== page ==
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Lyme Disease and Biofilm


Finally researchers have demonstrated the existence of biofilm in Lyme disease in human tissues.

For many years we have been suspicious that the spirochetes which cause Lyme diseases are so difficult to treat because they high behind a slimy layer of tissue called biofilm. Many different varieties of bacteria make biofilm on all kinds of surfaces.

IV catheters form a layer of biofilm at the tip which sometimes prevents us from drawing blood Kombuchathrough them. People with chest ports or PICC lines can relate to that issue.

Kombucha – the fermented tea drink – forms a biofilm called a “Scobie” that floats to the top of the fermenting vat.

Wounds may form a biofilm which prevents oxygen from getting to the wound bed, and prevents healing.

An excellent article published in 2013 reviewed the evidence for persistent infection in Lyme disease, and why the organism is so clever at evading detection by the immune system.[1]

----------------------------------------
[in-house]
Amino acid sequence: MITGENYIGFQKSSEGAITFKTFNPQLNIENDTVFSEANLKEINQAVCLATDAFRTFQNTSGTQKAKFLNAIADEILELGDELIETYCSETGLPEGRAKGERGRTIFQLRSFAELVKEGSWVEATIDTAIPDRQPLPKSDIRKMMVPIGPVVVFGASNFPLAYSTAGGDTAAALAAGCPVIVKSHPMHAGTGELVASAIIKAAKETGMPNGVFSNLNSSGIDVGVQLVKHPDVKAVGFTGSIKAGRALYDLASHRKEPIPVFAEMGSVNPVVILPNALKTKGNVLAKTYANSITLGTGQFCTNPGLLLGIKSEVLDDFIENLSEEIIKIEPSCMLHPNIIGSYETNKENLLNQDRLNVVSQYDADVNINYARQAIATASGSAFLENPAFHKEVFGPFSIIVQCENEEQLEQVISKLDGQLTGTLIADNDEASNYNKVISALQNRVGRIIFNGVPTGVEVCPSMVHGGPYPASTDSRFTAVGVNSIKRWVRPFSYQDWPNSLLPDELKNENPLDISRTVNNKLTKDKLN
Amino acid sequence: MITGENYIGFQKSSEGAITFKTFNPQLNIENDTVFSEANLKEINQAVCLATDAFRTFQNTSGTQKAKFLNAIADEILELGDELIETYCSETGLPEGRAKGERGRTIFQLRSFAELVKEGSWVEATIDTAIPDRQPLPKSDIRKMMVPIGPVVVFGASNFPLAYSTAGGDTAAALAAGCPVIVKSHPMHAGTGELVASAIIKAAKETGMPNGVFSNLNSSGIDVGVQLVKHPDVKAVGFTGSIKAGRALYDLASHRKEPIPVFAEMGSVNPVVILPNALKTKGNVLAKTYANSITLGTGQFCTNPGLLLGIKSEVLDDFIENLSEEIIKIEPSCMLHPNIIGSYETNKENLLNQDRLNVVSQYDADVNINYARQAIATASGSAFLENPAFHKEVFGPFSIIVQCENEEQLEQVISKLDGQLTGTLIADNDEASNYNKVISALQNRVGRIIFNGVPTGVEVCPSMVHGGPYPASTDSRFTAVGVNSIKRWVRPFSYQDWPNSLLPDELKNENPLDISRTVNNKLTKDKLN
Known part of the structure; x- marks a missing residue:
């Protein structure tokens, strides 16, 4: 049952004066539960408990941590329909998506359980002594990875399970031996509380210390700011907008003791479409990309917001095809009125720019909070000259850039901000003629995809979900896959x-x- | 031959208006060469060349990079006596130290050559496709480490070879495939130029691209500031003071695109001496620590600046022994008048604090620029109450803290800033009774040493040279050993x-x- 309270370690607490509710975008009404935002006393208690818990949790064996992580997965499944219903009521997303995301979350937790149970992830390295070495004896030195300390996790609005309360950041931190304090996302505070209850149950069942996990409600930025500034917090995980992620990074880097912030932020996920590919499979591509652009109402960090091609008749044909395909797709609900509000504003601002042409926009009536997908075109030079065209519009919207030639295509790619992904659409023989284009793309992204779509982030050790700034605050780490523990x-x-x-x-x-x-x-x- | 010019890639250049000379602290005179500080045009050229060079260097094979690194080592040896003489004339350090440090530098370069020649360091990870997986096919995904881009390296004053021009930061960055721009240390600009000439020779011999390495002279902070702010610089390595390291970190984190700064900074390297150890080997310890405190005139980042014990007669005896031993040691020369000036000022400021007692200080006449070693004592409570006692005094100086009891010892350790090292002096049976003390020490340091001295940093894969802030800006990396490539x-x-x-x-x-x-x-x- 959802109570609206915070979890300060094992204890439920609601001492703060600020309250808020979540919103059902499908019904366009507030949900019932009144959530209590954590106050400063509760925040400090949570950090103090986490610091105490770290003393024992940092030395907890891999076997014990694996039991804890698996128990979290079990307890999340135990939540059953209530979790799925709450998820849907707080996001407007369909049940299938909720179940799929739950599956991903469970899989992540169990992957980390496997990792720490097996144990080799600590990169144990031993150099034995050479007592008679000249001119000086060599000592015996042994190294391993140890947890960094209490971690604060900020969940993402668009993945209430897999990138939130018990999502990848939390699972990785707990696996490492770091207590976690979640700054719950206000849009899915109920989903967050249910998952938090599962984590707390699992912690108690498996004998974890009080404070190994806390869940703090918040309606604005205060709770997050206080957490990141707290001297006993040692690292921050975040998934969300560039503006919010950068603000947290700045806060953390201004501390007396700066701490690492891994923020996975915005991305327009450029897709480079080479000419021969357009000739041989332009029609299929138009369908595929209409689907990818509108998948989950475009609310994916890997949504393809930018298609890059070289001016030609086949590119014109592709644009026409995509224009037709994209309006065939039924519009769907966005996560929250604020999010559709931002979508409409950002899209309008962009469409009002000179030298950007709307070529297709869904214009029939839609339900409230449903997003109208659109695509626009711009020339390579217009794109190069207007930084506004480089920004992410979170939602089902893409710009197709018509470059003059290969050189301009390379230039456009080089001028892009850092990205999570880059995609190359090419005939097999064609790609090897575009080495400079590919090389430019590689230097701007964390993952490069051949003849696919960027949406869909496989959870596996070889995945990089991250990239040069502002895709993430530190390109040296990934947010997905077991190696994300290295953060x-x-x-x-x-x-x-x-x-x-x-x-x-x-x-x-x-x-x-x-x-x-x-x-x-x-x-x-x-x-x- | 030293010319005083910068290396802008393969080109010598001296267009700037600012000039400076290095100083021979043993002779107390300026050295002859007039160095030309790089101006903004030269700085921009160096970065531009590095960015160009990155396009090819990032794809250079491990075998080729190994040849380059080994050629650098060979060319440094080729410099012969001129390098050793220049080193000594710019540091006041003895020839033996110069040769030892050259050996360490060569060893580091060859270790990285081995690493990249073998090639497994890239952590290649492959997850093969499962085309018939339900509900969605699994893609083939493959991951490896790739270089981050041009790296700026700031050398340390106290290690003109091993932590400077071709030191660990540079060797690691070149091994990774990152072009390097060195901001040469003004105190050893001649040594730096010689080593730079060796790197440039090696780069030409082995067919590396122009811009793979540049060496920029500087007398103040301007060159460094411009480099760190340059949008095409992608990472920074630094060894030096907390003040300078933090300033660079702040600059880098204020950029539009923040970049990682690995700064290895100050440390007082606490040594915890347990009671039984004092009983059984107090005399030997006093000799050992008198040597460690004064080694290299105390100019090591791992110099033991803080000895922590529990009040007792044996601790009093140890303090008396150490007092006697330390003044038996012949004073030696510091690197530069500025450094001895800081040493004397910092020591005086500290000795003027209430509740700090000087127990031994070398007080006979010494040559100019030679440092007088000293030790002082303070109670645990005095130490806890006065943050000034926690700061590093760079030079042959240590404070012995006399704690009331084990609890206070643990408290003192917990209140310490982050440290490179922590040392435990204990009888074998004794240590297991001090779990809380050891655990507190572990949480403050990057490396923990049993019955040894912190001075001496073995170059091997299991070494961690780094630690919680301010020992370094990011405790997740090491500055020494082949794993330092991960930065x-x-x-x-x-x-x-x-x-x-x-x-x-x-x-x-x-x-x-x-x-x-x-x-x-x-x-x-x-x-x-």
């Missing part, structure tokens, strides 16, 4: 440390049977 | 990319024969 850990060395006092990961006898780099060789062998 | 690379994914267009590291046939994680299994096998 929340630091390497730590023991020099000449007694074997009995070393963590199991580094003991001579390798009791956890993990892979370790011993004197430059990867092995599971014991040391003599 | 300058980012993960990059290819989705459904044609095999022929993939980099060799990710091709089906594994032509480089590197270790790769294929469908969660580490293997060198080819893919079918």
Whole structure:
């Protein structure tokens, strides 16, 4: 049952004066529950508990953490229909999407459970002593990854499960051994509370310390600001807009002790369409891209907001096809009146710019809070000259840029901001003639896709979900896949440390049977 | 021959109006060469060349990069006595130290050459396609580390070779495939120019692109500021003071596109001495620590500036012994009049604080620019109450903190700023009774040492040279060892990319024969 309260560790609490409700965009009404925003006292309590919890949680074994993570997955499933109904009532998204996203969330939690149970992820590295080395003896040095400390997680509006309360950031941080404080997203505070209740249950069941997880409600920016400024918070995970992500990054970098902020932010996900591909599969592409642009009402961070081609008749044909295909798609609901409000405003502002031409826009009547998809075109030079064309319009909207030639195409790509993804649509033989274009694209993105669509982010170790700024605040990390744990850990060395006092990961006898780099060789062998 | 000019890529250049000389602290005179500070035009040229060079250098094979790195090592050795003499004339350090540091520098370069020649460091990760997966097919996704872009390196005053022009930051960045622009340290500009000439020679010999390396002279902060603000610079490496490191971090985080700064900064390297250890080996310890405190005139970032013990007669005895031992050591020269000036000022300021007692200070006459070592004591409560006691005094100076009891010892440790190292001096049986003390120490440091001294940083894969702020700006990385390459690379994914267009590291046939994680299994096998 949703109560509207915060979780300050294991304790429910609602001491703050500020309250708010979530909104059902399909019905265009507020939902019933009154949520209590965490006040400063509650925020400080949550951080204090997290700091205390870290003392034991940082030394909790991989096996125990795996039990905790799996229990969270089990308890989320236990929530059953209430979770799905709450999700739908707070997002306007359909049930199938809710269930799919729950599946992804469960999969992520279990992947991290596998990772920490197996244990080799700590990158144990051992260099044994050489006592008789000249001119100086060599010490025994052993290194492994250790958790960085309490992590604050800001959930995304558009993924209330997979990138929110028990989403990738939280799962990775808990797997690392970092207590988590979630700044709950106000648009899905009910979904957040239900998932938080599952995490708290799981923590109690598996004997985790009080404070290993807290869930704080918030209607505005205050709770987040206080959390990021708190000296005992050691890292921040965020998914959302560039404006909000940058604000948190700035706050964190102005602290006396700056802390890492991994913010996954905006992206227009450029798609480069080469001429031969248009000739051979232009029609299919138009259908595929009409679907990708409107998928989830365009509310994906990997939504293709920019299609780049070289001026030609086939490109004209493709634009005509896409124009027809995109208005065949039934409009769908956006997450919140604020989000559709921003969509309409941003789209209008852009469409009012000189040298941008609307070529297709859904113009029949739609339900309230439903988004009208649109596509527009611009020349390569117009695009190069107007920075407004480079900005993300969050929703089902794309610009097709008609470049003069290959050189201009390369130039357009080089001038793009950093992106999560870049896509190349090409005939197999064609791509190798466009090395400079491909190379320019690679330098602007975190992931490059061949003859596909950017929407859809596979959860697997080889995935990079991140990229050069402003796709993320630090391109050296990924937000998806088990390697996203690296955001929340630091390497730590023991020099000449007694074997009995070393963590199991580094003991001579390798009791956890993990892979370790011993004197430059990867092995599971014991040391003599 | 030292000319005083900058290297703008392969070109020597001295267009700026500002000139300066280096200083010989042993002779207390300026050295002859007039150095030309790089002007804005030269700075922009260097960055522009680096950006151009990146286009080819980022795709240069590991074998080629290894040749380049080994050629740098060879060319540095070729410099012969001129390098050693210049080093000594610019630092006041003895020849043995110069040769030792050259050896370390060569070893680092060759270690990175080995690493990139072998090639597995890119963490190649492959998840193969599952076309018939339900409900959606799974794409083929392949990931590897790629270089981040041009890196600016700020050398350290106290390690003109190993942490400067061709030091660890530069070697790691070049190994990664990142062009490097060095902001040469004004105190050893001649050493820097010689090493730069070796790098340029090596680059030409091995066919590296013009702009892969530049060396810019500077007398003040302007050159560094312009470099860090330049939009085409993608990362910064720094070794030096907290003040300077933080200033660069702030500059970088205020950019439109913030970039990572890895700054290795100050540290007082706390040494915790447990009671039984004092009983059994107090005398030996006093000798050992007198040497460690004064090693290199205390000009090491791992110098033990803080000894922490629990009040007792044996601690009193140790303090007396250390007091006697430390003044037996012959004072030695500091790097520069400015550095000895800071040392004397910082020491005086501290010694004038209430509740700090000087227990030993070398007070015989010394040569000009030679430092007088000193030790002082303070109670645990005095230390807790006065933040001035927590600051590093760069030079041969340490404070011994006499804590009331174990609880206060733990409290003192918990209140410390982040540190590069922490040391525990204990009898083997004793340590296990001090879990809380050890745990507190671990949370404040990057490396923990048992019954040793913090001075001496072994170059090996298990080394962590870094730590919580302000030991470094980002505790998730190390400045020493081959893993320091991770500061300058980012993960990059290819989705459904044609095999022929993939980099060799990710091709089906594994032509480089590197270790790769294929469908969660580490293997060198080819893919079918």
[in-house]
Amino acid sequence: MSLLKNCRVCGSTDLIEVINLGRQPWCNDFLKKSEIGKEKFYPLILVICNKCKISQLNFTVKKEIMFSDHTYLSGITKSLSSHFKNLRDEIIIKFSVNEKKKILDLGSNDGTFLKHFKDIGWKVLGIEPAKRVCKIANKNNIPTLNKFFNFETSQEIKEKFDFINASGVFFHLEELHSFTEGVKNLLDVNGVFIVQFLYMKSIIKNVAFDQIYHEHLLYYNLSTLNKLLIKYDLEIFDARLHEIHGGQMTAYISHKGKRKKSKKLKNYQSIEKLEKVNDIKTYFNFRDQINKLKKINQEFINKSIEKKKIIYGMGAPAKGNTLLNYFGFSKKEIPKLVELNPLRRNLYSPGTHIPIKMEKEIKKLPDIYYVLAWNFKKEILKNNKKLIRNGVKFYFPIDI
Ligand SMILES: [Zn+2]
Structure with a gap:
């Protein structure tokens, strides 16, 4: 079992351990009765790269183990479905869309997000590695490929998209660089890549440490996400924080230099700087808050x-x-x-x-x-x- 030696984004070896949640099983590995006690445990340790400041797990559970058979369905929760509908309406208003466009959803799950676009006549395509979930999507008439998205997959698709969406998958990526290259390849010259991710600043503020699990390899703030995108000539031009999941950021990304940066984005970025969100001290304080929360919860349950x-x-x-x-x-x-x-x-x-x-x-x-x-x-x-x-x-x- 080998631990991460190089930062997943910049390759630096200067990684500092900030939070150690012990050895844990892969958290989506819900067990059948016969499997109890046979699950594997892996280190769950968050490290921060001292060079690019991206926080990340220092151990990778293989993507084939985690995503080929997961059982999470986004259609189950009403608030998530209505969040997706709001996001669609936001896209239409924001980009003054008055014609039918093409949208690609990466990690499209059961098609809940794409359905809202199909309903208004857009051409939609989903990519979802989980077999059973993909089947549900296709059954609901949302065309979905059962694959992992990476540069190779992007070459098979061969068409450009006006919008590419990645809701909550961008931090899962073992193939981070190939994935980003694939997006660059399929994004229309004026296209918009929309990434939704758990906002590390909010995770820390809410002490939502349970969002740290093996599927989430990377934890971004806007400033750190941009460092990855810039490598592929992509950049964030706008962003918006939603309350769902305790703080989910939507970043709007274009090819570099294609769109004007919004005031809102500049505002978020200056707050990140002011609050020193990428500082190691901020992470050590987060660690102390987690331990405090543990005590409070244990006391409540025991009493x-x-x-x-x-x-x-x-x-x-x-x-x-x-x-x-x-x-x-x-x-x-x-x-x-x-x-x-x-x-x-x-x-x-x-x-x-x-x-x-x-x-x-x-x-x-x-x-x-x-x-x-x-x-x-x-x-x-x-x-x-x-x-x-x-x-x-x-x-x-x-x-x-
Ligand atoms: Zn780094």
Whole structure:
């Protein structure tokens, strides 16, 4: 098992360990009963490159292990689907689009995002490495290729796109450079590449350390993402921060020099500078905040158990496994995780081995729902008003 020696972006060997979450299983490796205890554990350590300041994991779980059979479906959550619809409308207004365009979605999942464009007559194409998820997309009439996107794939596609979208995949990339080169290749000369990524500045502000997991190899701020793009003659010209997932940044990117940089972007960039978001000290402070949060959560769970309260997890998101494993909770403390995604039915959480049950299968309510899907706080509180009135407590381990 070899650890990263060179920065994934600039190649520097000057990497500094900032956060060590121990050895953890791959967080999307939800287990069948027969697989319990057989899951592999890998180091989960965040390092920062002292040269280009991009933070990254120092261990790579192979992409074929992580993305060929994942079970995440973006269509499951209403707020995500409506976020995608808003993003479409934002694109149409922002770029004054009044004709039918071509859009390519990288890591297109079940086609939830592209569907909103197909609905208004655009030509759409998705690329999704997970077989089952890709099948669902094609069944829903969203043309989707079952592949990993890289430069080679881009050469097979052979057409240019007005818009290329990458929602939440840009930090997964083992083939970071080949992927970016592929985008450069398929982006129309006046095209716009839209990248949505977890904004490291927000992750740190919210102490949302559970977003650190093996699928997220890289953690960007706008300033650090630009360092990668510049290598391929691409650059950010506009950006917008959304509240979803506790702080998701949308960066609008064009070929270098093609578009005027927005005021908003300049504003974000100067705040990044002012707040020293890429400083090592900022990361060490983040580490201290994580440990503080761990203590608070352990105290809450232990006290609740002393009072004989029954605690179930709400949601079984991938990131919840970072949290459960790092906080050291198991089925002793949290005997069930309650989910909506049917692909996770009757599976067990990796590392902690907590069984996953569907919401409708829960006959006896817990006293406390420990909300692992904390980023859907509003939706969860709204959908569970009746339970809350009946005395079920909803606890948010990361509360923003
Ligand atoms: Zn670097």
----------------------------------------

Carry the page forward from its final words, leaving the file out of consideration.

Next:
Now we know why the Lyme organism is so difficult to treat.

We finally have evidence that biofilm grows in human tissues as well. Researchers examined biopsy specimens of skin swelling in patients known to be infected with Borrelia by several different methods. They found significant amounts of both Borrelia spirochetes and layers of protective tissue formed largely from a substance called alginate, commonly known as biofilms.[2]

This finding should put to rest the debate about whether “chronic Lyme disease” is a figment of the imagination or a real and persistent infection in patients with persistent symptoms after theoretically adequate treatment for Lyme disease.

For more information about treatment of chronic Lyme disease, please call us at 480-240-2600 to speak with our patient coordinator or to schedule a free phone consultation with one of our practitioners.

[2] Sapi E, Balasubramanian K. Evidence of in vivo existence of Borrelia biofilm in borrelial lymphocytomas. European Journal of Microbiology and Immunology. DOI: 10.1556/1886.2015.00049